The Ashes of Our Idols

A sermon for Ash Wednesday delivered at NorthHaven Church, Norman, OK on February 10, 2016.

I will sprinkle clean water upon you, and you shall be clean from all your uncleannesses, and from all your idols I will cleanse you. A new heart I will give you, and a new spirit I will put within you; and I will remove from your body the heart of stone and give you a heart of flesh. (Ezekiel 36:25-26)

Every year, a scene is portrayed in churches around the world. Sometimes the choir processes in, sometimes not; but one thing will very likely happen — children will march in waving palm branches, as these words are either sung or shouted, “Hosanna! Hosanna in the highest! Blessed is he who comes in the name of the Lord!”

The day, of course, is Palm Sunday, the day that we commemorate the entry of Jesus into Jerusalem. John records the incident in chapter 12 of his Gospel: the crowd had heard that Jesus was coming to Jerusalem. So, John tells us, they took branches of palm trees and went out to meet Jesus, shouting the very same things that we will hear the children shout in a few weeks. In response, the text says that Jesus found a young donkey and sat on it, a fulfillment of the prophecy in Zechariah 9.

Then the story takes a puzzling turn. See verse 20:

Now among those who went up to worship at the festival were some Greeks. They came to Philip, who was from Bethsaida in Galilee, and said to him, “Sir, we wish to see Jesus.” Philip went and told Andrew; then Andrew and Philip went and told Jesus. Jesus answered them, “The hour has come for the Son of Man to be glorified.”

Over the next thirteen verses, Jesus talks about how his hour to be glorified has come, and it will be by his death. The scene closes in verse 36, “After Jesus had said this, he departed and hid from them.”

Jesus is asked about some Greeks that want to see him. He doesn’t say, “Bring them to me,” or “Not now, I have other things on my mind.” He doesn’t say anything about the Greeks at all! What’s puzzling about this passage is not what Jesus said, but how John introduced it. Why not just say something simple, like “Jesus turned to his disciples and said….” Why talk about the Greeks at all?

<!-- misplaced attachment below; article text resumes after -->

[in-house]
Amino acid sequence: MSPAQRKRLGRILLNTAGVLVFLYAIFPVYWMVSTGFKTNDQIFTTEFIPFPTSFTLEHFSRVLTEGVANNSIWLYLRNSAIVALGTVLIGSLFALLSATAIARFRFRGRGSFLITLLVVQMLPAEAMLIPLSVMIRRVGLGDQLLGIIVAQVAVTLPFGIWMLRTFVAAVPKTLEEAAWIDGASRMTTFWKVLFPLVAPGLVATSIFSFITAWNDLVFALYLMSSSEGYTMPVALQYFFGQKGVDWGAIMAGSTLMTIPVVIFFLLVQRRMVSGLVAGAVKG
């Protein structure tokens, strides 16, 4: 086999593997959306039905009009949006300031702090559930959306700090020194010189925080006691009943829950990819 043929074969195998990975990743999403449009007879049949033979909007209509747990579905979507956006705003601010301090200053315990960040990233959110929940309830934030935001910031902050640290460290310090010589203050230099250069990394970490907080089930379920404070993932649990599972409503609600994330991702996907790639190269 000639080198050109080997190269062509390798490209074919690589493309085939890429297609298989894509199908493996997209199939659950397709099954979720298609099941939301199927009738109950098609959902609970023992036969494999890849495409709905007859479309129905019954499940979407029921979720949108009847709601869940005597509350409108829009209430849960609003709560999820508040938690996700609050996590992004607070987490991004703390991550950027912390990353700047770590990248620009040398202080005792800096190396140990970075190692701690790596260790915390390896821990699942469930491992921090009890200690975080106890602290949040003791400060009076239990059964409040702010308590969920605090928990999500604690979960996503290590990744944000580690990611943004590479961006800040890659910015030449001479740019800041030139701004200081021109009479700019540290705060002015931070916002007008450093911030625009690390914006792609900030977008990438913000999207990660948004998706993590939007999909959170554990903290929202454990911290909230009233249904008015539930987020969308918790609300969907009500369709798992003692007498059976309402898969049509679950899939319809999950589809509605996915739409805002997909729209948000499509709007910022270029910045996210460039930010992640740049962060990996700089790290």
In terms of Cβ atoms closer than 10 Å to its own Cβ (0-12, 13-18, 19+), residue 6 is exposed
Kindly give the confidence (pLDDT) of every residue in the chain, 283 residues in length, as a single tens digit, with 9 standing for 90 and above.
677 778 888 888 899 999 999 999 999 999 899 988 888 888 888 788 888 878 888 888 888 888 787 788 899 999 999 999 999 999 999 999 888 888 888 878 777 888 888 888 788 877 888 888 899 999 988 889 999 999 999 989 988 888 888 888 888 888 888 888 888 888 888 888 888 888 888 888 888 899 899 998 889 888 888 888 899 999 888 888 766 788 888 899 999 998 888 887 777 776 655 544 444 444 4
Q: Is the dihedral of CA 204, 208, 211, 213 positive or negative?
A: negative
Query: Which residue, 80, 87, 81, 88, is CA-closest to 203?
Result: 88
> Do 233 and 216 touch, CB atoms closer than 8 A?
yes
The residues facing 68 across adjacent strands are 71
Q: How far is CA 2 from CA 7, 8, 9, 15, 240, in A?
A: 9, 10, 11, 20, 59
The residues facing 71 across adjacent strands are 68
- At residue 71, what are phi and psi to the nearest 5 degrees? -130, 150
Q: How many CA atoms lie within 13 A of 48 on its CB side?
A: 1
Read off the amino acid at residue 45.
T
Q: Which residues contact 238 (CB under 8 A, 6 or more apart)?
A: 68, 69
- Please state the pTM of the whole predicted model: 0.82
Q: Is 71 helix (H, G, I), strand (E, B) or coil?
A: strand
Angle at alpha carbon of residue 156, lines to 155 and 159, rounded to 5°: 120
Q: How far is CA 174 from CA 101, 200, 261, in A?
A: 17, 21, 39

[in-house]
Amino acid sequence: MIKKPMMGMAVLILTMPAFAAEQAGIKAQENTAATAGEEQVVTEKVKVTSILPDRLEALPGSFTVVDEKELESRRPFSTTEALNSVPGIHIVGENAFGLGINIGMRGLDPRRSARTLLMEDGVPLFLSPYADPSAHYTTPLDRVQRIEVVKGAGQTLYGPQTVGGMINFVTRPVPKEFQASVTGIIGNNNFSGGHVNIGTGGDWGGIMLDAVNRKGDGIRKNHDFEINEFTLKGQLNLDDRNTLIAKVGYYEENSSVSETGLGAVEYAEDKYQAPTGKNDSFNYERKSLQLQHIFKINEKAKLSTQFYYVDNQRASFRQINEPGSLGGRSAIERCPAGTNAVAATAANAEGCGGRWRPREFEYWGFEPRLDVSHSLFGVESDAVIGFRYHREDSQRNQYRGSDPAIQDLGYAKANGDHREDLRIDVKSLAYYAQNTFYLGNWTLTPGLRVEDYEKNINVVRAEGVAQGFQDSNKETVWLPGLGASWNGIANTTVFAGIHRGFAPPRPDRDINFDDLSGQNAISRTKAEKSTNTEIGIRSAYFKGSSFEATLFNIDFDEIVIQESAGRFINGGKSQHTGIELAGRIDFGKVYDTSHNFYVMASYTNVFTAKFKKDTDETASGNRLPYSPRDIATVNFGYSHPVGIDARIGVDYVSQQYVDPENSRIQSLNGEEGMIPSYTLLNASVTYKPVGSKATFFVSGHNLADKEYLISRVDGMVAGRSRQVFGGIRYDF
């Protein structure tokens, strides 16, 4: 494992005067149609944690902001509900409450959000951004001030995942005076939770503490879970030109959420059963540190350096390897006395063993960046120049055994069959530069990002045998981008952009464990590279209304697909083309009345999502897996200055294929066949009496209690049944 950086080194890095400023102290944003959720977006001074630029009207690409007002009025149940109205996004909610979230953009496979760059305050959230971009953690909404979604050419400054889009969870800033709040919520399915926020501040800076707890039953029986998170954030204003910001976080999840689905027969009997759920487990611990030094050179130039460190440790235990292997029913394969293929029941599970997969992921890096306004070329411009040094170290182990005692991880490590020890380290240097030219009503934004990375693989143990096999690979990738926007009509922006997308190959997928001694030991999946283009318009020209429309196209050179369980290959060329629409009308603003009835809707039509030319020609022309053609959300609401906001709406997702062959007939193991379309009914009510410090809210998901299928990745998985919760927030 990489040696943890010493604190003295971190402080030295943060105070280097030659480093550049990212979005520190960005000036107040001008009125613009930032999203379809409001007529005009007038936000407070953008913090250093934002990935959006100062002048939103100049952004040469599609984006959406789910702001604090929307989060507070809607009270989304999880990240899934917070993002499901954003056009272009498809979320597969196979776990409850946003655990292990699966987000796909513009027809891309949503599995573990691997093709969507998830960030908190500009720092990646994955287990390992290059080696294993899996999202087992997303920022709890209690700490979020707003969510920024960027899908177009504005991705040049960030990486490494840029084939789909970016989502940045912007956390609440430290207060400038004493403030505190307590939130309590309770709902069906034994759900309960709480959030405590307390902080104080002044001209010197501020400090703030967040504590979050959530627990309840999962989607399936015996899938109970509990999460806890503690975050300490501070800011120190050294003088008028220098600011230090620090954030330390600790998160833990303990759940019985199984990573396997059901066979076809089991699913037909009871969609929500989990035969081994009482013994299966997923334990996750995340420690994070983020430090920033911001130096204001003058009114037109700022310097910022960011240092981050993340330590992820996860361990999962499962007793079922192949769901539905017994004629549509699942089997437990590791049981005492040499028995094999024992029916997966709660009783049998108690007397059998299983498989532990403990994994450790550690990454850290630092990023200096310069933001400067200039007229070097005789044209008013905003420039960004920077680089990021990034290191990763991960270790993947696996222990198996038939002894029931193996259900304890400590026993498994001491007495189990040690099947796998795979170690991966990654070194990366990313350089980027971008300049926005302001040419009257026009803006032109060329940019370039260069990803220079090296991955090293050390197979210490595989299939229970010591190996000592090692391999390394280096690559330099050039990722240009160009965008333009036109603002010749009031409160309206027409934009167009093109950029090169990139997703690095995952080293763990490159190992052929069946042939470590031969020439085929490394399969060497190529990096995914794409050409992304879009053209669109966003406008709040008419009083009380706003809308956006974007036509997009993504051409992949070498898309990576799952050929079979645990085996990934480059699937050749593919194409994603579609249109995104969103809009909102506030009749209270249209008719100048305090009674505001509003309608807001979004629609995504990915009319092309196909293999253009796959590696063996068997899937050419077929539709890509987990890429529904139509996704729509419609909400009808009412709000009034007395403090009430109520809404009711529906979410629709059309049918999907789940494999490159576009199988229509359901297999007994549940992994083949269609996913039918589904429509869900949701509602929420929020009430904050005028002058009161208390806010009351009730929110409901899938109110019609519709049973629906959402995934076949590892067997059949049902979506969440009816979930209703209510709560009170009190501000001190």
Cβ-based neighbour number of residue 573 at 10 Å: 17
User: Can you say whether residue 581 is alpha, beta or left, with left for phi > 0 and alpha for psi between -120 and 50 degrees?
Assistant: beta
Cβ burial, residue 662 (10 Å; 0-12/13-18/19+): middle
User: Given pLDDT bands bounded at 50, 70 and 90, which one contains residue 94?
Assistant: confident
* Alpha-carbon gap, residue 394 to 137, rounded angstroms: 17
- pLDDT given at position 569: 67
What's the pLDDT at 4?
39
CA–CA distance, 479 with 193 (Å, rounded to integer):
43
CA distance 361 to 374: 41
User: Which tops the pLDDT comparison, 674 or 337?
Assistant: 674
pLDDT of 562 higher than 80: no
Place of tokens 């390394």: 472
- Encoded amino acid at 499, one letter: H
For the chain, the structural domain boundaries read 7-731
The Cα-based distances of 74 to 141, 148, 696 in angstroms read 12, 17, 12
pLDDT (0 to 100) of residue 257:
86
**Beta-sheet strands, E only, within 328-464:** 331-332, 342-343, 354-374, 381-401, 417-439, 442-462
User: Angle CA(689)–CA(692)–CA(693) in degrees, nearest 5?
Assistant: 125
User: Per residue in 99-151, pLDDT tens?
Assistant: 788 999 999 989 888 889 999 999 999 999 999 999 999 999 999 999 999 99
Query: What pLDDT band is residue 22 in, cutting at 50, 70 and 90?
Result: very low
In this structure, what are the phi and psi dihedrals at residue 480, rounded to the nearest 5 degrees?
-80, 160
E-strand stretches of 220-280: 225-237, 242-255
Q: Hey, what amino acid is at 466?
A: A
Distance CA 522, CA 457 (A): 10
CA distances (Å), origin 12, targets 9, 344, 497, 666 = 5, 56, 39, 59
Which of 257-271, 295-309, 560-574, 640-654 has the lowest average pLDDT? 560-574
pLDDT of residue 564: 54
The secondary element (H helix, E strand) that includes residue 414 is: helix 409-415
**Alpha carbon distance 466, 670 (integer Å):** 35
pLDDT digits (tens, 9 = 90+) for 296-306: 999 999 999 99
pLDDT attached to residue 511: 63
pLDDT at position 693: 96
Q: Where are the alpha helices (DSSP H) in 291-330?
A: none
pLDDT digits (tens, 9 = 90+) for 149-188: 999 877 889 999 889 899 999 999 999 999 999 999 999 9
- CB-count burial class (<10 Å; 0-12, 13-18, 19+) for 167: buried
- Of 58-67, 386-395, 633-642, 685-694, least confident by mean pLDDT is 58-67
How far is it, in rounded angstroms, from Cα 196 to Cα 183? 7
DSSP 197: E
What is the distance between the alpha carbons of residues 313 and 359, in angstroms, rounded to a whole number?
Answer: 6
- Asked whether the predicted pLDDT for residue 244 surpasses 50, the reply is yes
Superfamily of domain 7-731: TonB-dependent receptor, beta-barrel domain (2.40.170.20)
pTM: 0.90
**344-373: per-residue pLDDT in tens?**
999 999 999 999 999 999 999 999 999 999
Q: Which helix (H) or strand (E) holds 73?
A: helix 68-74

Of course, there’s another puzzle that we don’t really talk about. Why do the people go get palm branches? None of the Gospels bother to explain the significance of the branches. Finally, there’s the greatest puzzle of all: how can shouts of praises on Sunday so quickly turn to calls for crucifixion on Friday?

The Gospels treat these matters as if they were obvious. Well, they were obvious, at least to their original readers, for they knew their Jewish history.

After the death of Alexander the Great in 323 BCE, his vast empire was divided between his Greek generals. The Ptolemies ruled the south from Egypt, and the Seleucids ruled the east from Persia. At first, Judea was under the control of the Ptolemies, who gave the Jews a great deal of religious and cultural freedom. In 198 BCE, the Seleucids defeated the Ptolemies, and took control of Judea. Part of the Seleucid agenda was the Hellenization of the empire, that is, extending Greek culture throughout the empire. This reached a climax in Israel during the reign of Emperor Antiochus IV Epiphanes when a statue of Zeus was erected in the temple at Jerusalem, and a pig was sacrificed on the altar of God.

Soldiers were sent to the towns and villages to enforce the Hellenization. In one town, they were met by a country priest named Mattathias, who was ordered to sacrifice an animal to the altar of an idol. Mattathias refused, killing first a Jewish man who volunteered to perform the sacrifice, then killing the officer who gave the order, and then, with his five sons, rallied the people to revolt. The family became known as the Maccabees, or “hammer.” Under the leadership of one of the sons, Judas Maccabees, the Jews defeated the Seleucids against overwhelming odds. They then cleansed the temple in 164 BCE, an event which is commemorated by the celebration of Hanukkah.

Chapter 13 of the apocryphal book 1 Maccabees records the victorious entrance of the Jews into Jerusalem:

On the twenty- third day of the second month, in the one hundred seventy- first year, the Jews entered it with praise and palm branches, and with harps and cymbals and stringed instruments, and with hymns and songs, because a great enemy had been crushed and removed from Israel.

Judas Maccabees was praised as “the savior of Israel.”